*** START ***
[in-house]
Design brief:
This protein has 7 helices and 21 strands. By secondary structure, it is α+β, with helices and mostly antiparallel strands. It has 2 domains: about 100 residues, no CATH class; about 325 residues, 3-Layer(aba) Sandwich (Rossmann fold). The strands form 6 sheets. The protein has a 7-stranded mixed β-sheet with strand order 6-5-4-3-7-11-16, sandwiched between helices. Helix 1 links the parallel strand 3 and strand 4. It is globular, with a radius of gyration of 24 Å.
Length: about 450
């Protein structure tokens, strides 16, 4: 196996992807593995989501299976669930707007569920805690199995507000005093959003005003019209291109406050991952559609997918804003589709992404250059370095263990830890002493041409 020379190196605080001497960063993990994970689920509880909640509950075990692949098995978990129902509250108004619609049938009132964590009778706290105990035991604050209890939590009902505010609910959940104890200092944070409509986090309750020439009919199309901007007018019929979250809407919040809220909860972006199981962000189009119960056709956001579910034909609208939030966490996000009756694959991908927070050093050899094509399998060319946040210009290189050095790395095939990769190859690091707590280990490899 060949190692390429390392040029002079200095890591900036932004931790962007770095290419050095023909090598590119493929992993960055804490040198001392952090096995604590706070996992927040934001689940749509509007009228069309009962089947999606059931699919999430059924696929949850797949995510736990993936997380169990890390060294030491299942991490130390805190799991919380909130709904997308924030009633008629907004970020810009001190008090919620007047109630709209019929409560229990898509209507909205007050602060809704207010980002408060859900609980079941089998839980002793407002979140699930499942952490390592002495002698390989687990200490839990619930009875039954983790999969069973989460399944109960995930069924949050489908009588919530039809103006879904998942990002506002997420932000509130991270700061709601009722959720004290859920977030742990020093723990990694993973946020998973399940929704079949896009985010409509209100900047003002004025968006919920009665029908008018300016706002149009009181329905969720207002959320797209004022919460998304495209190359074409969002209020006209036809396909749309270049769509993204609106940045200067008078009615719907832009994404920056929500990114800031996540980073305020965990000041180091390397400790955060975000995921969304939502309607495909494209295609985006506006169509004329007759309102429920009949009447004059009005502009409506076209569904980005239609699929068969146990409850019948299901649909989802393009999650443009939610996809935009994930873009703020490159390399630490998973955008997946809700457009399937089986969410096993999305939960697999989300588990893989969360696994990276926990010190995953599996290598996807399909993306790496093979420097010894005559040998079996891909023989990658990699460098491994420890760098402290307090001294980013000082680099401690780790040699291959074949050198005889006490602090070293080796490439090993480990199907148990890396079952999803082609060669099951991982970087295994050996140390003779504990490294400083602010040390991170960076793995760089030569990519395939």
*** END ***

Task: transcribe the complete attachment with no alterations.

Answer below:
[in-house]
Design brief:
This protein has 7 helices and 21 strands. By secondary structure, it is α+β, with helices and mostly antiparallel strands. It has 2 domains: about 100 residues, no CATH class; about 325 residues, 3-Layer(aba) Sandwich (Rossmann fold). The strands form 6 sheets. The protein has a 7-stranded mixed β-sheet with strand order 6-5-4-3-7-11-16, sandwiched between helices. Helix 1 links the parallel strand 3 and strand 4. It is globular, with a radius of gyration of 24 Å.
Length: about 450
């Protein structure tokens, strides 16, 4: 196996992807593995989501299976669930707007569920805690199995507000005093959003005003019209291109406050991952559609997918804003589709992404250059370095263990830890002493041409 020379190196605080001497960063993990994970689920509880909640509950075990692949098995978990129902509250108004619609049938009132964590009778706290105990035991604050209890939590009902505010609910959940104890200092944070409509986090309750020439009919199309901007007018019929979250809407919040809220909860972006199981962000189009119960056709956001579910034909609208939030966490996000009756694959991908927070050093050899094509399998060319946040210009290189050095790395095939990769190859690091707590280990490899 060949190692390429390392040029002079200095890591900036932004931790962007770095290419050095023909090598590119493929992993960055804490040198001392952090096995604590706070996992927040934001689940749509509007009228069309009962089947999606059931699919999430059924696929949850797949995510736990993936997380169990890390060294030491299942991490130390805190799991919380909130709904997308924030009633008629907004970020810009001190008090919620007047109630709209019929409560229990898509209507909205007050602060809704207010980002408060859900609980079941089998839980002793407002979140699930499942952490390592002495002698390989687990200490839990619930009875039954983790999969069973989460399944109960995930069924949050489908009588919530039809103006879904998942990002506002997420932000509130991270700061709601009722959720004290859920977030742990020093723990990694993973946020998973399940929704079949896009985010409509209100900047003002004025968006919920009665029908008018300016706002149009009181329905969720207002959320797209004022919460998304495209190359074409969002209020006209036809396909749309270049769509993204609106940045200067008078009615719907832009994404920056929500990114800031996540980073305020965990000041180091390397400790955060975000995921969304939502309607495909494209295609985006506006169509004329007759309102429920009949009447004059009005502009409506076209569904980005239609699929068969146990409850019948299901649909989802393009999650443009939610996809935009994930873009703020490159390399630490998973955008997946809700457009399937089986969410096993999305939960697999989300588990893989969360696994990276926990010190995953599996290598996807399909993306790496093979420097010894005559040998079996891909023989990658990699460098491994420890760098402290307090001294980013000082680099401690780790040699291959074949050198005889006490602090070293080796490439090993480990199907148990890396079952999803082609060669099951991982970087295994050996140390003779504990490294400083602010040390991170960076793995760089030569990519395939």